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Matrix Biol. 2005 Sep;24(6):438-47.

Human mesenchymal stem cell derived osteoblasts degrade organic bone matrix in vitro by matrix metalloproteinases.

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  • 1Department of Anatomy, Institution of Biomedicine, University of Turku, Kiinamyllynkatu 10, FIN-20250 Turku, Finland. vilpar@utu.fi

Abstract

Some recent studies have suggested that cells of mesenchymal origin might participate in the organic bone matrix dissolution. In the present study, collagen synthesis and degradation by human mesenchymal stem cell (MSC) derived cells were studied at early stage of osteoblast differentiation using a special two-stage in vitro culture model. In this model, cells were cultured on bovine bone slices, which were first resorbed by osteoclasts. Synthesis of type I collagen was markedly enhanced when mesenchymal cells were cultured on bone matrix. After thorough osteoclast removal, MSC derived cells were capable of degrading the organic bone matrix, and caused a release of type I collagen degradation product (ICTP) into the culture medium. This was inhibited by matrix metalloproteinase (MMP) inhibitor, while cysteine proteinase inhibitor or estrogen had no inhibitory effect. Western blot analysis or gelatin zymography confirmed the presence of MMP-2, -8, -13 and -14, but not MMP-1 or -9, in the differentiated cells. 17beta-Estradiol was found to increase the expression of MMP-2 and -14 by these cells. Finally, scanning electron microscopy showed that the differentiating human MSCs were capable of degrading organic bone matrix remnants from the bottom of the resorption lacunae. These data support the hypothesis that collagen cleavage by the same cells that are subsequently responsible for bone formation is MMP mediated process and is an important step coupling bone formation into bone resorption.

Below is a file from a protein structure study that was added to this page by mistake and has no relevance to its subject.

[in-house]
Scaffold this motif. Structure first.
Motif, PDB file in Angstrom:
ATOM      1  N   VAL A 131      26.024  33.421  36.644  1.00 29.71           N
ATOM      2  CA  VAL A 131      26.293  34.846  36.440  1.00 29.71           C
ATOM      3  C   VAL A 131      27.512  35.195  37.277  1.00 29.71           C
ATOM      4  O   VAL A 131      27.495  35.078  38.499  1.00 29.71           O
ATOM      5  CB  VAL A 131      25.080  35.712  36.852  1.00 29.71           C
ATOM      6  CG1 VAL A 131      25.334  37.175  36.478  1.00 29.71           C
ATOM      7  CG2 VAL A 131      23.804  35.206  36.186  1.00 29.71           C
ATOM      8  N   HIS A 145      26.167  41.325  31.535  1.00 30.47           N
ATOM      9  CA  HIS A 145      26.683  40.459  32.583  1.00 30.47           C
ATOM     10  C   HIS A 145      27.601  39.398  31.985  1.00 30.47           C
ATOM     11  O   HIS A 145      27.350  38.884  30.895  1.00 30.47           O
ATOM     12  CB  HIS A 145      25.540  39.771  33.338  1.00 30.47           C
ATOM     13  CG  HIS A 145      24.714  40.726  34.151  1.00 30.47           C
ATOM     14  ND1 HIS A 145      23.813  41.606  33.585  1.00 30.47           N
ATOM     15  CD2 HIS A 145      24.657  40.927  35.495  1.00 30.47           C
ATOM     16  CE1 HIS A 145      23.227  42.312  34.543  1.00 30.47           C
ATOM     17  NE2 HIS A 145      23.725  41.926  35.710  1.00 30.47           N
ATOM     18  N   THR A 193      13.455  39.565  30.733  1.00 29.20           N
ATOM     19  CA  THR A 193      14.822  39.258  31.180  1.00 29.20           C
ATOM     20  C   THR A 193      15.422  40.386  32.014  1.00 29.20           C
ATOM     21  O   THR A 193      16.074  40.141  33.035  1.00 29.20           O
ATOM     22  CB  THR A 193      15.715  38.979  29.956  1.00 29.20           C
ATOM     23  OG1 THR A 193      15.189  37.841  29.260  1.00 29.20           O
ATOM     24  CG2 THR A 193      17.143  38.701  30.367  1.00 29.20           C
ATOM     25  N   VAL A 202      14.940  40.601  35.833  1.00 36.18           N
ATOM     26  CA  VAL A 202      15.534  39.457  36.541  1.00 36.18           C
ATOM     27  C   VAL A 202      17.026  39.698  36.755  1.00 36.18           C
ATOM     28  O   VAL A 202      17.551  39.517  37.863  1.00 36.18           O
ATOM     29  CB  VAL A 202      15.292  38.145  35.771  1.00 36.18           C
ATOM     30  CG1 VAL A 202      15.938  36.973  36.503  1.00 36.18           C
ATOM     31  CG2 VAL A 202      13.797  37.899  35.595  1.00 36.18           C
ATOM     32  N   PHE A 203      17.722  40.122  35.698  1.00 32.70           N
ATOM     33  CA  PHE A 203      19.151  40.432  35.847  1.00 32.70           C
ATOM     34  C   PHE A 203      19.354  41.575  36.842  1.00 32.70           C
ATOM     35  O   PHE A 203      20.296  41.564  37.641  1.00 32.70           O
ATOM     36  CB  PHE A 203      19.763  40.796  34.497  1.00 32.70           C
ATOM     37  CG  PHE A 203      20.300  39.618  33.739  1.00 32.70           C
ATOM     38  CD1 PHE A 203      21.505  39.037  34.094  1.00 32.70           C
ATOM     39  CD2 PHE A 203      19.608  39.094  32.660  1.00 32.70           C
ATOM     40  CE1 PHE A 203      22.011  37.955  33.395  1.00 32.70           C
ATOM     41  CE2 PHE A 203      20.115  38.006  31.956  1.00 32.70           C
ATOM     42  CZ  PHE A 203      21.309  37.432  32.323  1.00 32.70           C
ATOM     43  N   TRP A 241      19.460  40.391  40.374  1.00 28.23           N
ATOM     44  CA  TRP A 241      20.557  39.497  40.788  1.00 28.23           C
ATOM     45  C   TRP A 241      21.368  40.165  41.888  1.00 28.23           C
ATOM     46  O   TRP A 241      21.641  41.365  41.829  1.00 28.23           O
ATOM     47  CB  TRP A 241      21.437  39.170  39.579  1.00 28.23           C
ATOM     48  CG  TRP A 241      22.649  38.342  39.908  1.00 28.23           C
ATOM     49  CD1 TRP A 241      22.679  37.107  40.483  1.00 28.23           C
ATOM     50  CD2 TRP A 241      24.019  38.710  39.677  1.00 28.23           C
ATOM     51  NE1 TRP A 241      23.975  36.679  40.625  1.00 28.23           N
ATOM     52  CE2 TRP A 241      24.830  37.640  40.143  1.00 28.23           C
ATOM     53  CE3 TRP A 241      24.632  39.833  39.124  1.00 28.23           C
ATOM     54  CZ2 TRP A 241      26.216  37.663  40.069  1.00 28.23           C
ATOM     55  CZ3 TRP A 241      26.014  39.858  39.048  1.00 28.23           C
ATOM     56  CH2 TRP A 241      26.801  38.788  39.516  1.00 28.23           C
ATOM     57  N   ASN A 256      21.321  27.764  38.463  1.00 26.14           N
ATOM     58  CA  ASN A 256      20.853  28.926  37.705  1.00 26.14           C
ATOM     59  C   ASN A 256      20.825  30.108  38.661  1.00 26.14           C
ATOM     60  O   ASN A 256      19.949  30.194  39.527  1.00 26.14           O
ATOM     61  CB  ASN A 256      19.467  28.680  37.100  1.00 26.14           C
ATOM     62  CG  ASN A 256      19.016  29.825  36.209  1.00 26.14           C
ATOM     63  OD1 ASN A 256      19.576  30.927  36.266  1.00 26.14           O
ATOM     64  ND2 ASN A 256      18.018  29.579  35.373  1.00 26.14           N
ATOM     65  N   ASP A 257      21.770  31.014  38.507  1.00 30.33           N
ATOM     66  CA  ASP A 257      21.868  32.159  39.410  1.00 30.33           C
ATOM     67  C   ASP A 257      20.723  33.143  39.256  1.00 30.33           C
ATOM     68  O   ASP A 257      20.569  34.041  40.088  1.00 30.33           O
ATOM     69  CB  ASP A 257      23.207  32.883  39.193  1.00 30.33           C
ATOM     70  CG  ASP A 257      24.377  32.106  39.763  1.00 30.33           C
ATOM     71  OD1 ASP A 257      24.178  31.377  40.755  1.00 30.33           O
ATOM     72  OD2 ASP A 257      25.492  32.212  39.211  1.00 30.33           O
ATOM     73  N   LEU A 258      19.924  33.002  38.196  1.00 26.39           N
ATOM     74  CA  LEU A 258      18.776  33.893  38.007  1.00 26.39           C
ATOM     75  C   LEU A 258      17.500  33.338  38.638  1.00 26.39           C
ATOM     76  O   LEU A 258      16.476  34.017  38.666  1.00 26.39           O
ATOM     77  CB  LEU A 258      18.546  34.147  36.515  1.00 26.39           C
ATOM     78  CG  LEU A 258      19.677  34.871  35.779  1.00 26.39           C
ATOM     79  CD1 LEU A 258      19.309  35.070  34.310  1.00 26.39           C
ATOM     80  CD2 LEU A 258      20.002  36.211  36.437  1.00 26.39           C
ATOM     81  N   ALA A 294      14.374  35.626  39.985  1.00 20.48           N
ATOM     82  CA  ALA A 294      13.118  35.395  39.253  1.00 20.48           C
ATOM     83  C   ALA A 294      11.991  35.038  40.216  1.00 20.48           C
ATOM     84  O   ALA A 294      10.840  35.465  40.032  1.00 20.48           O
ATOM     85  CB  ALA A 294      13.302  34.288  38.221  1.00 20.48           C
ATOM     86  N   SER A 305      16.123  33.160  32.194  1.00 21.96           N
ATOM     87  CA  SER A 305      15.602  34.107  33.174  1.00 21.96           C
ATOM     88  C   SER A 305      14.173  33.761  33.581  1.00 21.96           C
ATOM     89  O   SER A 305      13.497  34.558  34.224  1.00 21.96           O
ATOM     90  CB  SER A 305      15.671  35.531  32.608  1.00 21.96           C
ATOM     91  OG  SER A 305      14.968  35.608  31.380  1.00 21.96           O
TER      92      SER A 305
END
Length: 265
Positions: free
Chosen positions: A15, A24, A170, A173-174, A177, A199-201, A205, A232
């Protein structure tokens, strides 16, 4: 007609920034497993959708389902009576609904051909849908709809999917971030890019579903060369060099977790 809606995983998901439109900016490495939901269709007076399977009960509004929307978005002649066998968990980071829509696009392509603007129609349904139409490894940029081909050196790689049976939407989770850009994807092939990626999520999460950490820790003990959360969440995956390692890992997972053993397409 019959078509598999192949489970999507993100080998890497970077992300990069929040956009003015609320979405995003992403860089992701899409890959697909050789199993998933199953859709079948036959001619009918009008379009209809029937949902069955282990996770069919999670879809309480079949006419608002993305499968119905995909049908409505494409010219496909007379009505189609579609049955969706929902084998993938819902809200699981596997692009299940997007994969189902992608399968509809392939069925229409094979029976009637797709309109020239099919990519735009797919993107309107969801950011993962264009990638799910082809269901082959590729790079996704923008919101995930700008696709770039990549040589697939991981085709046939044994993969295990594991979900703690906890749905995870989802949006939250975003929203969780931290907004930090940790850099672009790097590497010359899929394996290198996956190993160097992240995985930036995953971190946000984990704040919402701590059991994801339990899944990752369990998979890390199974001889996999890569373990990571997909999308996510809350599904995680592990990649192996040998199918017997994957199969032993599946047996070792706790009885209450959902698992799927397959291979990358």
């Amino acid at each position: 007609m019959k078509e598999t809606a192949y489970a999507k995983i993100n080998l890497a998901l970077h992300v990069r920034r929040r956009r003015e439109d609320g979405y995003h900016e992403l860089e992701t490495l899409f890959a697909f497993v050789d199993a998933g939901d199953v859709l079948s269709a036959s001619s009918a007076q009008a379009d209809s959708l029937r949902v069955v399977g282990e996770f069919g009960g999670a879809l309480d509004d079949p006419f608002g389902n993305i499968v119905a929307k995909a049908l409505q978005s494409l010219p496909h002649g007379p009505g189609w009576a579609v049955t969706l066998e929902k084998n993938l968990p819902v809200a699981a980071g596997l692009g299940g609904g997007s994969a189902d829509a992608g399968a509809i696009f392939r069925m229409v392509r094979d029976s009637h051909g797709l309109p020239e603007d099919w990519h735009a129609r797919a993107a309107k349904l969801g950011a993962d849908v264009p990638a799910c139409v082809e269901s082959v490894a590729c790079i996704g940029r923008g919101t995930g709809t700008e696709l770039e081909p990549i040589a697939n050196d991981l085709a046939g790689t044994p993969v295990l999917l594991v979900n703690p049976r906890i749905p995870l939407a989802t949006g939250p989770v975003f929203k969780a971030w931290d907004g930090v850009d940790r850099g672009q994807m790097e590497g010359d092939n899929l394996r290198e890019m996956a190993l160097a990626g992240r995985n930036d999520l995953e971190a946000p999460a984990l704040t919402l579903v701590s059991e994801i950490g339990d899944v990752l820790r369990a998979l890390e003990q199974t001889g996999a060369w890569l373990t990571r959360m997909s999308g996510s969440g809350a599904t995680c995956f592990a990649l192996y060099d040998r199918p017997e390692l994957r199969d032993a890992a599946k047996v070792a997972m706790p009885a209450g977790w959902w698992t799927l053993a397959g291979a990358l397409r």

[PubMed - indexed for MEDLINE]
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